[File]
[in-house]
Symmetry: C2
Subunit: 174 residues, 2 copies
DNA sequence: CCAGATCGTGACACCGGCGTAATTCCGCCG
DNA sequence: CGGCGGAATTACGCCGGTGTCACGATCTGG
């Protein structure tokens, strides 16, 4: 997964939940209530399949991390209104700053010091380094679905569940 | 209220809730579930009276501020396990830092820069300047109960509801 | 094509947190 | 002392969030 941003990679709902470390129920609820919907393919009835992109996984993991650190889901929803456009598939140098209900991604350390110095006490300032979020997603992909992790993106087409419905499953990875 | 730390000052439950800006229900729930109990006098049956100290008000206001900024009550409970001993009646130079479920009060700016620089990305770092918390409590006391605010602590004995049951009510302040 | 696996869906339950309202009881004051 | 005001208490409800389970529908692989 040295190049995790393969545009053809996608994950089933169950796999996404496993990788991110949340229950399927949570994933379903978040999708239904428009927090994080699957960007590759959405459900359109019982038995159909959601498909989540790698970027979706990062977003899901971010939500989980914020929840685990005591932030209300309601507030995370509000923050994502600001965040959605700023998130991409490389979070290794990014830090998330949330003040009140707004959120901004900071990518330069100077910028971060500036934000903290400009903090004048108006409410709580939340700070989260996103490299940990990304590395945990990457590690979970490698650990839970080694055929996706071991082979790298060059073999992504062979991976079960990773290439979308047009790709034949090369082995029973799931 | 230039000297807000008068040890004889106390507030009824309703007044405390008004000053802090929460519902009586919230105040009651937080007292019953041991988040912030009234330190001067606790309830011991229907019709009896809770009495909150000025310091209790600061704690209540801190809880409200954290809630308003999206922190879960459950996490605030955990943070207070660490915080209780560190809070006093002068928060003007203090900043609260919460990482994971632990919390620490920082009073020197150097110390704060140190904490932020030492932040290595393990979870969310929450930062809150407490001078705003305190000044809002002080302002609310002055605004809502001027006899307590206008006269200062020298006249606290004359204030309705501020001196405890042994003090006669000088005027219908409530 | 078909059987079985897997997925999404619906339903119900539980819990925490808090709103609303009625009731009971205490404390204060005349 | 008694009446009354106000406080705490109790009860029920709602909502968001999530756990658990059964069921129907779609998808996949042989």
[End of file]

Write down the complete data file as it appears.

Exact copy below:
[in-house]
Symmetry: C2
Subunit: 174 residues, 2 copies
DNA sequence: CCAGATCGTGACACCGGCGTAATTCCGCCG
DNA sequence: CGGCGGAATTACGCCGGTGTCACGATCTGG
């Protein structure tokens, strides 16, 4: 997964939940209530399949991390209104700053010091380094679905569940 | 209220809730579930009276501020396990830092820069300047109960509801 | 094509947190 | 002392969030 941003990679709902470390129920609820919907393919009835992109996984993991650190889901929803456009598939140098209900991604350390110095006490300032979020997603992909992790993106087409419905499953990875 | 730390000052439950800006229900729930109990006098049956100290008000206001900024009550409970001993009646130079479920009060700016620089990305770092918390409590006391605010602590004995049951009510302040 | 696996869906339950309202009881004051 | 005001208490409800389970529908692989 040295190049995790393969545009053809996608994950089933169950796999996404496993990788991110949340229950399927949570994933379903978040999708239904428009927090994080699957960007590759959405459900359109019982038995159909959601498909989540790698970027979706990062977003899901971010939500989980914020929840685990005591932030209300309601507030995370509000923050994502600001965040959605700023998130991409490389979070290794990014830090998330949330003040009140707004959120901004900071990518330069100077910028971060500036934000903290400009903090004048108006409410709580939340700070989260996103490299940990990304590395945990990457590690979970490698650990839970080694055929996706071991082979790298060059073999992504062979991976079960990773290439979308047009790709034949090369082995029973799931 | 230039000297807000008068040890004889106390507030009824309703007044405390008004000053802090929460519902009586919230105040009651937080007292019953041991988040912030009234330190001067606790309830011991229907019709009896809770009495909150000025310091209790600061704690209540801190809880409200954290809630308003999206922190879960459950996490605030955990943070207070660490915080209780560190809070006093002068928060003007203090900043609260919460990482994971632990919390620490920082009073020197150097110390704060140190904490932020030492932040290595393990979870969310929450930062809150407490001078705003305190000044809002002080302002609310002055605004809502001027006899307590206008006269200062020298006249606290004359204030309705501020001196405890042994003090006669000088005027219908409530 | 078909059987079985897997997925999404619906339903119900539980819990925490808090709103609303009625009731009971205490404390204060005349 | 008694009446009354106000406080705490109790009860029920709602909502968001999530756990658990059964069921129907779609998808996949042989």